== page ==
Additionally, you can work with Fannie Mae to get help purchasing foreclosed properties through its HomePath program. With HomePath, Fannie Mae will help you identify qualifying properties and special financing programs and incentives for which you might be eligible.
Another option is to bid on HUD homes, rather than trying to see if you qualify for special programs that might have restrictive criteria. HUDHomeStore.com offers a number of options, and you can ask your real estate broker to help you place bids.
Don’t forget that there are also nonprofits designed to help you get into a home. If you’re willing to help build your own or others’ homes, for instance, you might be eligible for help with organizations like Habitat for Humanity. When you participate, you get special financing or a lower price in exchange for sweat equity, making the home more affordable. You might also be able to find nonprofits that offer down payment assistance.
While there are still some funds available for the Neighborhood Stabilization Program, it’s winding down, so you might have some difficulty finding eligible homes. However, it’s only one option when it comes to finding affordable homes to buy. With a little research, it’s possible to find a good deal on your next house—and maybe even get some help paying for it.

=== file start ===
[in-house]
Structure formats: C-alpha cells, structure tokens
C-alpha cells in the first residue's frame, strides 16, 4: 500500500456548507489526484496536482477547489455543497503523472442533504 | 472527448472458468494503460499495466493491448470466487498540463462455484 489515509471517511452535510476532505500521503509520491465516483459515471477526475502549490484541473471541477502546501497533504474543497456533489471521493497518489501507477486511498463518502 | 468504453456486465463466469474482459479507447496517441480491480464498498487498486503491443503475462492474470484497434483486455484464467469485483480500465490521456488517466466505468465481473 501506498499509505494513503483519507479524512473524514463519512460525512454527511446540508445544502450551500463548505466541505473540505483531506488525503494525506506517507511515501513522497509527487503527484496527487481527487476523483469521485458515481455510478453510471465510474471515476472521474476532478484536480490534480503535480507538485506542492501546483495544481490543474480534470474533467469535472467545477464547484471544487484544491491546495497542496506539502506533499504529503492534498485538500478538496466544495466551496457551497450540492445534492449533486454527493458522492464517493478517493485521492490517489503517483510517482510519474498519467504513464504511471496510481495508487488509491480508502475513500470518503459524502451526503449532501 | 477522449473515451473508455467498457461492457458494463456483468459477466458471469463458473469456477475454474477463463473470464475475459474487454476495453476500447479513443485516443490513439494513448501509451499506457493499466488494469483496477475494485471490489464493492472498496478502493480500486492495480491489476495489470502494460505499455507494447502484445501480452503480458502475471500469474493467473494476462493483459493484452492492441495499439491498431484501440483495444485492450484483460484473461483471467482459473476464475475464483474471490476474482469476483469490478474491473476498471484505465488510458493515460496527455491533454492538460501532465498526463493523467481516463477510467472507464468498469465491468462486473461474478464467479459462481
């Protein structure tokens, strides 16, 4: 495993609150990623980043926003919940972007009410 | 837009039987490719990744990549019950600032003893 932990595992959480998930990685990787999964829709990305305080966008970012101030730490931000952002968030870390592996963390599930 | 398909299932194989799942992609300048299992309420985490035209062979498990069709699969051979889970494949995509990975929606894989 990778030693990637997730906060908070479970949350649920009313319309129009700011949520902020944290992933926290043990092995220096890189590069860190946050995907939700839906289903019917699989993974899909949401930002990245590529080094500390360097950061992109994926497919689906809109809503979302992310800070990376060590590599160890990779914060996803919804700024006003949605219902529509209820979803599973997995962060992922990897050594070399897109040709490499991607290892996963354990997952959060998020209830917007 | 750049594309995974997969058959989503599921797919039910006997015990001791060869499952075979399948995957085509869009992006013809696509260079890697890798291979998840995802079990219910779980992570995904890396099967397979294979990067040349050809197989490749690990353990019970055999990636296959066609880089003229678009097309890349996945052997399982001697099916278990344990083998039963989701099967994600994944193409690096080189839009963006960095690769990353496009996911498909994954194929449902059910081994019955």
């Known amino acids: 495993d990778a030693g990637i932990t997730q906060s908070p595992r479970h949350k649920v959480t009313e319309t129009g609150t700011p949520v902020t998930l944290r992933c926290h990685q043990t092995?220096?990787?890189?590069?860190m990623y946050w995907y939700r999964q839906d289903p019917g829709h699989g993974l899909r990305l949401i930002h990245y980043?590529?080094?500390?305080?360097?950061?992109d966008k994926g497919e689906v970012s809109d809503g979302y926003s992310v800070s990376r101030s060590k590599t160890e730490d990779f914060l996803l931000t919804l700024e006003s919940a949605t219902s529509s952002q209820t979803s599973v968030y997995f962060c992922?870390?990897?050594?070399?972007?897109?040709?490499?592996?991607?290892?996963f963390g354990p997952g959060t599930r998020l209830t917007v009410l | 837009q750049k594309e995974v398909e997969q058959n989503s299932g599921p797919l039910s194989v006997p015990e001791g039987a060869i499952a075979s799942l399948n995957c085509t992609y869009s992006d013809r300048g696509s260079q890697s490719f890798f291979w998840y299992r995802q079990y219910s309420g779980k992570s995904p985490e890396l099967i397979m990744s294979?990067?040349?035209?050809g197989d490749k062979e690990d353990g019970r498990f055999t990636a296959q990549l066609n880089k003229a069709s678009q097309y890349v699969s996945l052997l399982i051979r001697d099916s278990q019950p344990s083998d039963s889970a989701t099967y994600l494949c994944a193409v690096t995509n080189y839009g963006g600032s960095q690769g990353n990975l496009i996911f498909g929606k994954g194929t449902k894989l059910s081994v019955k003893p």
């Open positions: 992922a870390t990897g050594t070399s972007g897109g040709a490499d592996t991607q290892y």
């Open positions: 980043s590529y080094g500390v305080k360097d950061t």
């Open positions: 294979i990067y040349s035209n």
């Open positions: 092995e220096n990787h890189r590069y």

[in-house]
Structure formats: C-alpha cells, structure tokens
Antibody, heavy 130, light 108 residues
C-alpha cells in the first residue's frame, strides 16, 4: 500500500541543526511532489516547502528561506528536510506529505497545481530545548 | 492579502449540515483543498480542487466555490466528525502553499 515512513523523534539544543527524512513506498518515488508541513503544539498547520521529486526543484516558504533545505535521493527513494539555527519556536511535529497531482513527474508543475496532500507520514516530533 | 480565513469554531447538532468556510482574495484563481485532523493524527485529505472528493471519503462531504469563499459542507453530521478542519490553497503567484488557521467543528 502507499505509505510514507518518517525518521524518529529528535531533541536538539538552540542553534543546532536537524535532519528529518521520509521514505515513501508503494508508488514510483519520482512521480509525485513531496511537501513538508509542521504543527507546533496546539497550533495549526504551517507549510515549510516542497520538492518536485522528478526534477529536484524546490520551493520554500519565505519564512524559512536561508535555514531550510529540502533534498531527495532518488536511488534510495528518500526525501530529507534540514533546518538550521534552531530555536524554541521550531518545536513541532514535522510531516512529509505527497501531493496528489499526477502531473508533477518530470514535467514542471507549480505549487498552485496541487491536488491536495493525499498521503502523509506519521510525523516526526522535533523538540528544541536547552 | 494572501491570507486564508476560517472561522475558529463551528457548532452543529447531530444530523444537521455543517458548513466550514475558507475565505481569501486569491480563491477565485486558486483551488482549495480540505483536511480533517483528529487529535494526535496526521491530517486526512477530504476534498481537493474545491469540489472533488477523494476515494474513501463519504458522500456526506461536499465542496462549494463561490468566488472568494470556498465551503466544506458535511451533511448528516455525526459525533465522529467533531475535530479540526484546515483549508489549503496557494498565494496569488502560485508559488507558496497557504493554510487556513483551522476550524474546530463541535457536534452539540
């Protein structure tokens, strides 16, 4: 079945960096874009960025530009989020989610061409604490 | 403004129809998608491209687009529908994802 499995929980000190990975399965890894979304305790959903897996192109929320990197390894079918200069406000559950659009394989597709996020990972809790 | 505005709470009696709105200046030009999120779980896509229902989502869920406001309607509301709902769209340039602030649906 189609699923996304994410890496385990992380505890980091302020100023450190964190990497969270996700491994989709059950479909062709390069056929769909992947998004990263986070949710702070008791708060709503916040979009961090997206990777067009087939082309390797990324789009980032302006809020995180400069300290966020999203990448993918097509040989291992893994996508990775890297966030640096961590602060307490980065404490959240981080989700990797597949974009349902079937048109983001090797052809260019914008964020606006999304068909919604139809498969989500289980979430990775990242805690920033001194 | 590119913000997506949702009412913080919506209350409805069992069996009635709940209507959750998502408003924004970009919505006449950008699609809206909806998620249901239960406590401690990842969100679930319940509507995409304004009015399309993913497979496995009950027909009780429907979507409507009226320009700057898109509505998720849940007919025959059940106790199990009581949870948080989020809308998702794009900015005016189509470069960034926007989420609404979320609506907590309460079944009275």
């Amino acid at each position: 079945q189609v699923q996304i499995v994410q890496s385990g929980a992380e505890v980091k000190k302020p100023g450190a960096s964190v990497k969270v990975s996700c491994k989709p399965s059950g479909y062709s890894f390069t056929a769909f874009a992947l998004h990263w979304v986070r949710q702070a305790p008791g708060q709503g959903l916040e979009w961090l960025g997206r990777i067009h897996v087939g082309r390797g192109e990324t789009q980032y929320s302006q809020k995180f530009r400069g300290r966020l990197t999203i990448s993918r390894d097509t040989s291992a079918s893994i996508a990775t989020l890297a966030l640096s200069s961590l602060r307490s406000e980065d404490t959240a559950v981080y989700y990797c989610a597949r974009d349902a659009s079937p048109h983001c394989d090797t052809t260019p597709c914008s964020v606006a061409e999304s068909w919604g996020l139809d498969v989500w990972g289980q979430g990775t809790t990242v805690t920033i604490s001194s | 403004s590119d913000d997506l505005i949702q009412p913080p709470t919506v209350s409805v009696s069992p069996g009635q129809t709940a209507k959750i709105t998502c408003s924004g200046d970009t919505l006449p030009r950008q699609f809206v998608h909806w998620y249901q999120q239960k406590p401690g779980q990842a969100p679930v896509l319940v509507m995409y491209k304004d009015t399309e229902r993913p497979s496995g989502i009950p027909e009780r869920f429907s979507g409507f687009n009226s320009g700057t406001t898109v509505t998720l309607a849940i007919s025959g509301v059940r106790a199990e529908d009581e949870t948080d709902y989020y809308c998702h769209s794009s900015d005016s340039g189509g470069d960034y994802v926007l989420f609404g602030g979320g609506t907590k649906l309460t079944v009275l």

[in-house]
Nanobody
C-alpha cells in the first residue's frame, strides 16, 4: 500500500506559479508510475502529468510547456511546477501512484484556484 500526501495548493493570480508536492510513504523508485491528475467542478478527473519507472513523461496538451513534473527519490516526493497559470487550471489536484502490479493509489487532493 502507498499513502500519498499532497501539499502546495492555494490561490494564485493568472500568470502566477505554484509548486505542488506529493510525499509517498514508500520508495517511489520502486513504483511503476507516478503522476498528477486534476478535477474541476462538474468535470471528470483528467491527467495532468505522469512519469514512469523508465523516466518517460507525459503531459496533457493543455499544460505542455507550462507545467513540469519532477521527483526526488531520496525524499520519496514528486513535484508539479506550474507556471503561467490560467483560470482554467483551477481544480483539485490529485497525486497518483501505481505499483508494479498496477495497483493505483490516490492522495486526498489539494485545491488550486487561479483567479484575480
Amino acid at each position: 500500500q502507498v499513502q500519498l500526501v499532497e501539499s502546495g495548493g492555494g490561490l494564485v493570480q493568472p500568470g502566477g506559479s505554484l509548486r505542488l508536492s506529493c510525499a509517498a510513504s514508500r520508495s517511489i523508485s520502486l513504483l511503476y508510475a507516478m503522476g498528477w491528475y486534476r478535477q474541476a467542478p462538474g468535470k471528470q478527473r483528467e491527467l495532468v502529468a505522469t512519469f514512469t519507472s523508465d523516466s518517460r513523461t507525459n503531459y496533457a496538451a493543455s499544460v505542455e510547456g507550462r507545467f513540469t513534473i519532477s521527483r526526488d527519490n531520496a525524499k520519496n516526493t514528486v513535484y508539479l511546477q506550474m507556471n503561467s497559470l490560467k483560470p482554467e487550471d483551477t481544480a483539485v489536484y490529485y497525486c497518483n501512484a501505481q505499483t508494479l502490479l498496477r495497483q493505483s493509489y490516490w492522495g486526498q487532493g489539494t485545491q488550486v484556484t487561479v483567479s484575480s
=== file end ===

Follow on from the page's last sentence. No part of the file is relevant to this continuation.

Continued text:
HUD.gov. "Neighborhood Stabilization Program Grants," Accessed Sept. 30, 2019.
HUD Exchange. "NSP Basics," Accessed Sept. 30, 2019.
Alameda County, Calif. Housing & Community Development Department. "Neighborhood Stabilization Program (NSP)," Accessed Sept. 30, 2019.
Idaho Housing and Finance Association. "Neighborhood Stabilization Program," Accessed Sept. 30, 2019.
Alameda County, Calif., Community Development Agency. "Neighborhood Stabilization Program," Accessed Oct. 8, 2019.
HUD.gov. "Resources for Individuals," Accessed Oct. 8, 2019.
Hud.gov. "Resources for individuals," Accessed Sept. 30, 2019.
HomePath.com, "Starting the Homebuying Process," Accessed Sept. 30, 2019.
Hud.gov, "Buying HUD Homes," Accessed Sept. 30, 2019.
Habitat for Humanity. "Apply for a Habitat House," Accessed Oct. 8, 2019.